CES 2016

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Herb Reichert  |  Jan 14, 2016  |  1 comments
I talked with Bill Johnson for about 30-minutes, but it was enough to know I was completely enamored with the new Conrad Johnson CA150 integrated amp ($5000, or $7000 for the "ST" version with better parts) and the so-right sounding TEA 2 Triode Equalization Amplifier (aka RIAA phono stage) which costs $3300 stock, or $4500 with Teflon caps.
Herb Reichert  |  Jan 14, 2016  |  0 comments
Conrad Johnson's TEA 2 phono stage was being fed by one of my favorite moderately priced record spinners: the Acoustic Signature WOW XL ($2395) with its own TA-1000 tonearm ($1995) and an Ortofon 2M Black moving-magnet cartridge ($755). The CA150 integrated amp was driving the 2-way, stand-mounted Penaudio Cenya Signature loudspeakers ($4000/pair)—the presentation had this fast forward-moving grainlessness that I found quite beguiling.
Jon Iverson  |  Jan 13, 2016  |  9 comments
Graham Nash seemed to know right away that these were the guys that provided the guts for his buddy Neil Young's Pono player and wanted to know all about it. After all, there is a version with Nash's signature on it.
Jon Iverson  |  Jan 13, 2016  |  10 comments
I'm grouping these two rooms together since we didn't listen to Graham Nash's album in either one, but rather had each host pick something out. We were getting behind schedule, so the idea was to expose Nash to some completely different speaker technologies back to back and see what he thought.
Larry Greenhill, Robert Deutsch  |  Jan 13, 2016  |  10 comments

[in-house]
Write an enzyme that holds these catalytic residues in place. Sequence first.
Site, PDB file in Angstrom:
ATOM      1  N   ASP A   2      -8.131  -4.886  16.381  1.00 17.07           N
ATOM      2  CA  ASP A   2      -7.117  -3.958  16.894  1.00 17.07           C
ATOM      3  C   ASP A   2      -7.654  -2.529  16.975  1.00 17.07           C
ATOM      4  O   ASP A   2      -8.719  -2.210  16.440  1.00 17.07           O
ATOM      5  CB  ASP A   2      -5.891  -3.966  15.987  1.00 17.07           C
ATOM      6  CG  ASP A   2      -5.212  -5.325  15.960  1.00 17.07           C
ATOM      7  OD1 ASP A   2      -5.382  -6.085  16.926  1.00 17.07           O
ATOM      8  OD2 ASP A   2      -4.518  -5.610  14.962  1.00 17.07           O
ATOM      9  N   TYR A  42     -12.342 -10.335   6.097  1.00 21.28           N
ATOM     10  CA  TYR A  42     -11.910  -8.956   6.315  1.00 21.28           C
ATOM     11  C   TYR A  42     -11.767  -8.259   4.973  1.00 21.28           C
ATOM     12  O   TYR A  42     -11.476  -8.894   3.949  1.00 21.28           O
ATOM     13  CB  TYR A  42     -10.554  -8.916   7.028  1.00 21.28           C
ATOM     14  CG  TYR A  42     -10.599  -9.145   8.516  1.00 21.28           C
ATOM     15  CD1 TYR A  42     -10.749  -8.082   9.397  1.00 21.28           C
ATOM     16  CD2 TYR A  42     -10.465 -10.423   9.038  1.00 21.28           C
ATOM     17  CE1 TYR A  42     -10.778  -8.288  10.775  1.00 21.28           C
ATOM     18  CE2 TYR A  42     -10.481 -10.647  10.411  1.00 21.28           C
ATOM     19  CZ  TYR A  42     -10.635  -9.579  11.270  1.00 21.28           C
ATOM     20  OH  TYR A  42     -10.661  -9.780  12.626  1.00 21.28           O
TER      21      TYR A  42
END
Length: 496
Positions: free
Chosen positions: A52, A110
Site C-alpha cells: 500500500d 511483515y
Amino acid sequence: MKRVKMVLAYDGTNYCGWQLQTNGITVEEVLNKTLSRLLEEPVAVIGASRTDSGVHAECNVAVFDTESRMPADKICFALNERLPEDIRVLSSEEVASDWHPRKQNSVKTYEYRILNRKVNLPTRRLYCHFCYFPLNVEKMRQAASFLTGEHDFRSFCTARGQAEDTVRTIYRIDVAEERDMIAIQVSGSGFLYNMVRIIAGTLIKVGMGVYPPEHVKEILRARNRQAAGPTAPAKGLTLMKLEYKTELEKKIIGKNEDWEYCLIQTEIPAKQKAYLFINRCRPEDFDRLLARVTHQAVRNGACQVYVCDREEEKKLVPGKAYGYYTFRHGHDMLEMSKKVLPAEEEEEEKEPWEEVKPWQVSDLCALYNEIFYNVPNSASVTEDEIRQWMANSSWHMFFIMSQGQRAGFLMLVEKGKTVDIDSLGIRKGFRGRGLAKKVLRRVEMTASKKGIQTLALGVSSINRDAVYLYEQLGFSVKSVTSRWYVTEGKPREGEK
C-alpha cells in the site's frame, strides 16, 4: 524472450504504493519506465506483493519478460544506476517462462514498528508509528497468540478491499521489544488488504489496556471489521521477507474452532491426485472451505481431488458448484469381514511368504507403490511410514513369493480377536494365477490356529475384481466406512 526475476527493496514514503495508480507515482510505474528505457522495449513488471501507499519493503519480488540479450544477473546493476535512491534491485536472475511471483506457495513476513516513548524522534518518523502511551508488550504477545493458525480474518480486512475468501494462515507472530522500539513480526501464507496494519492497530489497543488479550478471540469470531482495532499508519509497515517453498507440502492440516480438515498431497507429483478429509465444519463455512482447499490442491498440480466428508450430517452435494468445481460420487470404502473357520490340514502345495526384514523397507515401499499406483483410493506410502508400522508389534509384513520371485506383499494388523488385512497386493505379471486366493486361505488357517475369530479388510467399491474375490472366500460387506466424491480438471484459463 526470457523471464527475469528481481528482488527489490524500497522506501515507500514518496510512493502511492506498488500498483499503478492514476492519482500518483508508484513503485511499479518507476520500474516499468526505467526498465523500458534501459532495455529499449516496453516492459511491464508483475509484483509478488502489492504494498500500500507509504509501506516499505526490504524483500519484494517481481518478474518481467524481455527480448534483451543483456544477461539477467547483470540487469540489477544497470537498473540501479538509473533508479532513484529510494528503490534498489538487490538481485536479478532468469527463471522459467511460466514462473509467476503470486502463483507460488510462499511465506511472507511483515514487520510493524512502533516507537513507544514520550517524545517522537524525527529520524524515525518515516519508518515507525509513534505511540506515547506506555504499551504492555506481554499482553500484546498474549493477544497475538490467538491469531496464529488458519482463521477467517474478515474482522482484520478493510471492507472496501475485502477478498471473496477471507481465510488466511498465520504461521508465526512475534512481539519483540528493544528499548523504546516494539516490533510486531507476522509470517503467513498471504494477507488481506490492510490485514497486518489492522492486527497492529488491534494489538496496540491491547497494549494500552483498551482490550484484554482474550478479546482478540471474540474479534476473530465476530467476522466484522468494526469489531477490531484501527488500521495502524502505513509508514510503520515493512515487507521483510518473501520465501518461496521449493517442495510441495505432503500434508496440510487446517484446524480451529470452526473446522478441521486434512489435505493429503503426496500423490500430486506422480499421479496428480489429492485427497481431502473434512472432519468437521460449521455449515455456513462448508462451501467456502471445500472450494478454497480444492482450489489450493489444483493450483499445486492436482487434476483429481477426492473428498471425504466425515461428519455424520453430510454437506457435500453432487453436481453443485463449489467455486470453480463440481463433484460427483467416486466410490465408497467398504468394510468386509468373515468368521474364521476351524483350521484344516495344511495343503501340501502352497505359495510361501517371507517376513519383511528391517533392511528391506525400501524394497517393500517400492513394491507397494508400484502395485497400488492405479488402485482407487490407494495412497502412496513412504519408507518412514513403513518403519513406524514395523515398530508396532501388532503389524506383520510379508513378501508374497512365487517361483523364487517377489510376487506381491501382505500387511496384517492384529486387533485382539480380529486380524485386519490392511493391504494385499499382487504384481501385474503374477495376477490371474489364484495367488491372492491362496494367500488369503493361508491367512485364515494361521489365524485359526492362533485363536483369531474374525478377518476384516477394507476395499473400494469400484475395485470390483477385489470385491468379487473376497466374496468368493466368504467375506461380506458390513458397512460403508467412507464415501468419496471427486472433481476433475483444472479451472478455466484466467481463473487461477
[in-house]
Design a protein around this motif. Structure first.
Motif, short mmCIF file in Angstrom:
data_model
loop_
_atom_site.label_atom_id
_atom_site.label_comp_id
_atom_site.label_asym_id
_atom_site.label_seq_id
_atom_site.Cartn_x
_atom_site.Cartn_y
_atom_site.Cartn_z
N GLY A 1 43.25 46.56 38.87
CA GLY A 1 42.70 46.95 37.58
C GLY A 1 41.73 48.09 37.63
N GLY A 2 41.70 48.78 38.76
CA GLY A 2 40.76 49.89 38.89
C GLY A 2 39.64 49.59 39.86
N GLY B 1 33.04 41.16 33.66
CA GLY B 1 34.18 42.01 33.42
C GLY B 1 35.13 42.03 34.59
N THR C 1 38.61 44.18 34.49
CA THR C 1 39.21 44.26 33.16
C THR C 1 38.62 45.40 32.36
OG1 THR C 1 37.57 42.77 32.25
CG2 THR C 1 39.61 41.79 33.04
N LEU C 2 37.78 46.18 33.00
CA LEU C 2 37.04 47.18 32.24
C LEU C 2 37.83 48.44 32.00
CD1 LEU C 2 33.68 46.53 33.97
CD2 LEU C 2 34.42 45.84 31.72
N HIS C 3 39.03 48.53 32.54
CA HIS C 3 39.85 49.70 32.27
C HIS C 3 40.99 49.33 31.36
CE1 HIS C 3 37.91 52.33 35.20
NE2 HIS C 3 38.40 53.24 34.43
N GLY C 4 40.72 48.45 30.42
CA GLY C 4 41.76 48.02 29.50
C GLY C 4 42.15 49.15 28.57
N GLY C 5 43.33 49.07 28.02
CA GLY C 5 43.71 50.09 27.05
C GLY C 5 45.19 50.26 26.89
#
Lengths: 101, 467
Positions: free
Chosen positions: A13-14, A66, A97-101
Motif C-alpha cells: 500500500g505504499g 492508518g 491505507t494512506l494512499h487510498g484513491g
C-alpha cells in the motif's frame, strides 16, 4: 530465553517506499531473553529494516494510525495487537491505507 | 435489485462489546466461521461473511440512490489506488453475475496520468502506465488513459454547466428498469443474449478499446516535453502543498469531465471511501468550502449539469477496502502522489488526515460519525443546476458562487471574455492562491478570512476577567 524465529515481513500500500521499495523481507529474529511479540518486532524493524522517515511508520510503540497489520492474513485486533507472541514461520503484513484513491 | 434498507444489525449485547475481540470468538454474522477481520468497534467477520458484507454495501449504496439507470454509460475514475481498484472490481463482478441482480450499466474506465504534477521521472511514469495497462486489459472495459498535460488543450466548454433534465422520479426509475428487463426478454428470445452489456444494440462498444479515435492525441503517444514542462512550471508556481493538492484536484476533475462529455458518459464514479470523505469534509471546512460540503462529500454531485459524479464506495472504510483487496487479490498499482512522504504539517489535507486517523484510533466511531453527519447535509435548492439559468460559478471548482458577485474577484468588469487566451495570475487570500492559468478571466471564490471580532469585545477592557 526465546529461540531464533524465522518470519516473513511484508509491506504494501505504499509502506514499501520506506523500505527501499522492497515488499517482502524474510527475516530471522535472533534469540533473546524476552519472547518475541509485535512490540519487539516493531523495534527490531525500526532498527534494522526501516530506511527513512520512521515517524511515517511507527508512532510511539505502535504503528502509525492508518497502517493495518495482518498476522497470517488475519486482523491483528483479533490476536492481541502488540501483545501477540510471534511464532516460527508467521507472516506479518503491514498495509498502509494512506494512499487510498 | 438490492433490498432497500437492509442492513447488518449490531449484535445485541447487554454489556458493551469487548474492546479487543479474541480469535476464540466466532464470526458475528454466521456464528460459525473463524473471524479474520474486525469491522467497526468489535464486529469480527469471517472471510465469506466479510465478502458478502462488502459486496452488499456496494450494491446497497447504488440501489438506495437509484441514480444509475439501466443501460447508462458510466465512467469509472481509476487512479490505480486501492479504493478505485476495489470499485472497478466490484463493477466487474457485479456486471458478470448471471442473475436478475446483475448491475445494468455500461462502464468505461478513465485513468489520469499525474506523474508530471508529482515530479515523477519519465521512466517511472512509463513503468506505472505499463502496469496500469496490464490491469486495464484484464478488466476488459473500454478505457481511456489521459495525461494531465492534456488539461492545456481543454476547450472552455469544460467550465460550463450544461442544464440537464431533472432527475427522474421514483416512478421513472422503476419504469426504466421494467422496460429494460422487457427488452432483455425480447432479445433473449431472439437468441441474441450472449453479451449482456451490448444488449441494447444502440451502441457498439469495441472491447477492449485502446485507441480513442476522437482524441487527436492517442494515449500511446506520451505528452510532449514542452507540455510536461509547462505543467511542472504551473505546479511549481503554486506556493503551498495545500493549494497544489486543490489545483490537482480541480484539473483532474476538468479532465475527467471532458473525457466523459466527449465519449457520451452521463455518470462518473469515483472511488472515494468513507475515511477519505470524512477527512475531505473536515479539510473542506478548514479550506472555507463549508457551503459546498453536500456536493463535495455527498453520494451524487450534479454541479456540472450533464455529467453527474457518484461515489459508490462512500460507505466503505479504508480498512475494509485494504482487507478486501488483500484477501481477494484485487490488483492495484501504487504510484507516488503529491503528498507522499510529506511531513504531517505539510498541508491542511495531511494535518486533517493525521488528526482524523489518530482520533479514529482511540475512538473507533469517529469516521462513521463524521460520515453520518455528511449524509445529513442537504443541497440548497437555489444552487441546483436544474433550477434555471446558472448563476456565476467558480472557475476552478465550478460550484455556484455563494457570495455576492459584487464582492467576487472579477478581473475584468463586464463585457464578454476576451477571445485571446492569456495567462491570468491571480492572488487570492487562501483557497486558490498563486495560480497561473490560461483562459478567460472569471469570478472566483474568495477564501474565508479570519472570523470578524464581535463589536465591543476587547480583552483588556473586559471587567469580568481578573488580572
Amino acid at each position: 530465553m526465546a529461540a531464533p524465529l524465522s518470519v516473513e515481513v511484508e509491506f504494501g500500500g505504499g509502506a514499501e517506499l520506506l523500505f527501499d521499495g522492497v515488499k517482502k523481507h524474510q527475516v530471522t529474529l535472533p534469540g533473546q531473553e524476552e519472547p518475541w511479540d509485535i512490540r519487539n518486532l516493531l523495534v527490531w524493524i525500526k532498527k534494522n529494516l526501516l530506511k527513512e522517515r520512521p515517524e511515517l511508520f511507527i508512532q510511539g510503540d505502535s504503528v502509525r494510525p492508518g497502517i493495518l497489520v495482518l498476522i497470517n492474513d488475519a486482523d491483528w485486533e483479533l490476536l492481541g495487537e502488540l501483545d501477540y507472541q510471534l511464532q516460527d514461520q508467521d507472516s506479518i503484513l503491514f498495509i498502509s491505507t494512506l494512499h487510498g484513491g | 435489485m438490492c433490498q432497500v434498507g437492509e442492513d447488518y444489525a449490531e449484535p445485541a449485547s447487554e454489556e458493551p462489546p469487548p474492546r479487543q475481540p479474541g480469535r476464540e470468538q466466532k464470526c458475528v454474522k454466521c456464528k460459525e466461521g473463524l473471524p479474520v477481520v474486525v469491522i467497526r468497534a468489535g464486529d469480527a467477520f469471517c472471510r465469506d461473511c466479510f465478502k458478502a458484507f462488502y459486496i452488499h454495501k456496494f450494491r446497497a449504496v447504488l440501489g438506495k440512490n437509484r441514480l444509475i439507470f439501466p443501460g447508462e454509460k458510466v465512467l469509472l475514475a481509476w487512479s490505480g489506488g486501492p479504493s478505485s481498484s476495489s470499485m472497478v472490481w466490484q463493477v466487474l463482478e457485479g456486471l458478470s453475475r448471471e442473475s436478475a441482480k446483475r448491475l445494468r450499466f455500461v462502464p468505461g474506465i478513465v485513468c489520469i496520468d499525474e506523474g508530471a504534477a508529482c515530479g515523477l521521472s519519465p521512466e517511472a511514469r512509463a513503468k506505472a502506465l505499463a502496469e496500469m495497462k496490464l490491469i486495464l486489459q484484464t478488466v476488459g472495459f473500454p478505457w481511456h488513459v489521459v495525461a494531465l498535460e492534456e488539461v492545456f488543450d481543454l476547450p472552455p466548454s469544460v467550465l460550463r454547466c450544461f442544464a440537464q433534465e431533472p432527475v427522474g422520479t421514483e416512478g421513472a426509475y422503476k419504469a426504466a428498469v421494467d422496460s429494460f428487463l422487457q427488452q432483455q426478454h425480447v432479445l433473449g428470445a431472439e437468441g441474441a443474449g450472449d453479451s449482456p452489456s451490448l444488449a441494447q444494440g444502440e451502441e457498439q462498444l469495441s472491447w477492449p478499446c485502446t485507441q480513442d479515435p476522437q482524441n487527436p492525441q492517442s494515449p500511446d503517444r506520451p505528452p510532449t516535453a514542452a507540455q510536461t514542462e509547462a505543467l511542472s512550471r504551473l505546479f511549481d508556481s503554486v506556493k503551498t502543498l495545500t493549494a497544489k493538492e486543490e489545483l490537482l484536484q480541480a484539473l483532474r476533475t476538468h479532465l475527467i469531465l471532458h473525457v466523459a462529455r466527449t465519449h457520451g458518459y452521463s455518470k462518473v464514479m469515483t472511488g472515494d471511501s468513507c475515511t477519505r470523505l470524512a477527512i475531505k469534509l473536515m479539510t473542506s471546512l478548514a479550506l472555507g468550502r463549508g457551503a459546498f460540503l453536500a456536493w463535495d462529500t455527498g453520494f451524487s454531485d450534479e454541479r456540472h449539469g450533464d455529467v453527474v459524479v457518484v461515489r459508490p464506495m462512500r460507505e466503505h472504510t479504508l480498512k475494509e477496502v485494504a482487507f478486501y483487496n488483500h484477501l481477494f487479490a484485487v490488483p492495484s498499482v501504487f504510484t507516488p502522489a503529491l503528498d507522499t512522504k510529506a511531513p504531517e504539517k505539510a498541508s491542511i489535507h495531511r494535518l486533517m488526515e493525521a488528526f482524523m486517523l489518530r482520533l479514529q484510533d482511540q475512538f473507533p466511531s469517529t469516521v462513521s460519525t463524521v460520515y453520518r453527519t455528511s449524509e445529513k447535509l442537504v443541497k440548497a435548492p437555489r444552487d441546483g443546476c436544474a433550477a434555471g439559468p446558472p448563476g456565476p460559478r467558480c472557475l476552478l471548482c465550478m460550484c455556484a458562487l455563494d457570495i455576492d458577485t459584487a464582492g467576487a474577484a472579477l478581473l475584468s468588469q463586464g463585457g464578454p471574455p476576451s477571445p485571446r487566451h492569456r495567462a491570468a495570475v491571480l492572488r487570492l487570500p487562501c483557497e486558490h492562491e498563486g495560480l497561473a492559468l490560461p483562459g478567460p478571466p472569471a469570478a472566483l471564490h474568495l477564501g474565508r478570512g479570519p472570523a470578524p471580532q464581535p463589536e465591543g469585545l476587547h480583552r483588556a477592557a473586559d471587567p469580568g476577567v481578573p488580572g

Bang & Olufsen celebrated its 90 years of existence by releasing a $75,000/pair loudspeaker that had been 12 years in design. Geoff Martin, Bang and Olufsen's Tonmeister and Technology Specialist in Sound Design, played an instrumental role in bringing the Beolab 90 from its origin as a blue-sky project...
Larry Greenhill  |  Jan 13, 2016  |  2 comments
I made my way from the main 2016 High-End audio exhibits at the Venetian Hotel over to the Harman exhibit at the Hard Rock Café. I was immediately captivated by a JBL Everest horn-loaded floorstanding speaker, its enclosure finished in an almost neon lipstick red, and its front baffle in brilliant silver.
Larry Greenhill  |  Jan 13, 2016  |  1 comments
Thiel's new Intellisub was the highest-tech new subwoofer I encountered at CES 2016. It uses wireless control with convenient SmartSub app, which allows the user to control its digitally-processed, Auto-Room correction software. Rory Buszka, Thiel's engineer, explained that the built-in SmartSubXT system automatically adjusts its output based on measurements from 1–40 locations in the room.
Larry Greenhill  |  Jan 13, 2016  |  1 comments
I ran into REL Acoustics' highly eloquent John Hunter on the way to the Venetian Towers, and he suggested I come by to hear the REL Acoustics "Six Pack." As it turned out, this was not a San Francisco microbrew special, or well-developed abdominal musculature, but twin towers of 3 stacked, (84 lb each) REL Gibraltar-2 subwoofers ($4000 each) set between two full-range Rockport Avior loudspeakers.